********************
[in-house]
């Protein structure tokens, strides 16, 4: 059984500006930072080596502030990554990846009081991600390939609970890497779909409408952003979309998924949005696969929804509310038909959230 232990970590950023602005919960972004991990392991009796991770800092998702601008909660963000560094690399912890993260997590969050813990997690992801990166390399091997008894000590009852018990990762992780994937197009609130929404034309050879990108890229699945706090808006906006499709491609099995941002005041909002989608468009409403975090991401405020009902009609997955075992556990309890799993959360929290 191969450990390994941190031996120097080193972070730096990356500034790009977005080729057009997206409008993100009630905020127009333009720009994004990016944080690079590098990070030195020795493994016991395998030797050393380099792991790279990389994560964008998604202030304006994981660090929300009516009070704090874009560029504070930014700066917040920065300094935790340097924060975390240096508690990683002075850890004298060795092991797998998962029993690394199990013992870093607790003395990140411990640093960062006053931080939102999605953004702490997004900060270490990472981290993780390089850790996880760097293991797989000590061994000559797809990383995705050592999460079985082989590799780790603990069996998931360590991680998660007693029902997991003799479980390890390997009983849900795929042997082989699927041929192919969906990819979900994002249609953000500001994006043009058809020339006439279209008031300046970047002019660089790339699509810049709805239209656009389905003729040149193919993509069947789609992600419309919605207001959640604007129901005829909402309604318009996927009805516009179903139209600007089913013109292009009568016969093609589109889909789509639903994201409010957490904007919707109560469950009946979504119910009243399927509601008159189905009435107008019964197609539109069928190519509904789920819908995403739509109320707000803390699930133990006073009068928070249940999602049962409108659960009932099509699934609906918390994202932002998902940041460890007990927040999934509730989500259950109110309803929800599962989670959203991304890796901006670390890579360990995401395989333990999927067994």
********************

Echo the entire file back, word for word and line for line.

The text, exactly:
[in-house]
């Protein structure tokens, strides 16, 4: 059984500006930072080596502030990554990846009081991600390939609970890497779909409408952003979309998924949005696969929804509310038909959230 232990970590950023602005919960972004991990392991009796991770800092998702601008909660963000560094690399912890993260997590969050813990997690992801990166390399091997008894000590009852018990990762992780994937197009609130929404034309050879990108890229699945706090808006906006499709491609099995941002005041909002989608468009409403975090991401405020009902009609997955075992556990309890799993959360929290 191969450990390994941190031996120097080193972070730096990356500034790009977005080729057009997206409008993100009630905020127009333009720009994004990016944080690079590098990070030195020795493994016991395998030797050393380099792991790279990389994560964008998604202030304006994981660090929300009516009070704090874009560029504070930014700066917040920065300094935790340097924060975390240096508690990683002075850890004298060795092991797998998962029993690394199990013992870093607790003395990140411990640093960062006053931080939102999605953004702490997004900060270490990472981290993780390089850790996880760097293991797989000590061994000559797809990383995705050592999460079985082989590799780790603990069996998931360590991680998660007693029902997991003799479980390890390997009983849900795929042997082989699927041929192919969906990819979900994002249609953000500001994006043009058809020339006439279209008031300046970047002019660089790339699509810049709805239209656009389905003729040149193919993509069947789609992600419309919605207001959640604007129901005829909402309604318009996927009805516009179903139209600007089913013109292009009568016969093609589109889909789509639903994201409010957490904007919707109560469950009946979504119910009243399927509601008159189905009435107008019964197609539109069928190519509904789920819908995403739509109320707000803390699930133990006073009068928070249940999602049962409108659960009932099509699934609906918390994202932002998902940041460890007990927040999934509730989500259950109110309803929800599962989670959203991304890796901006670390890579360990995401395989333990999927067994």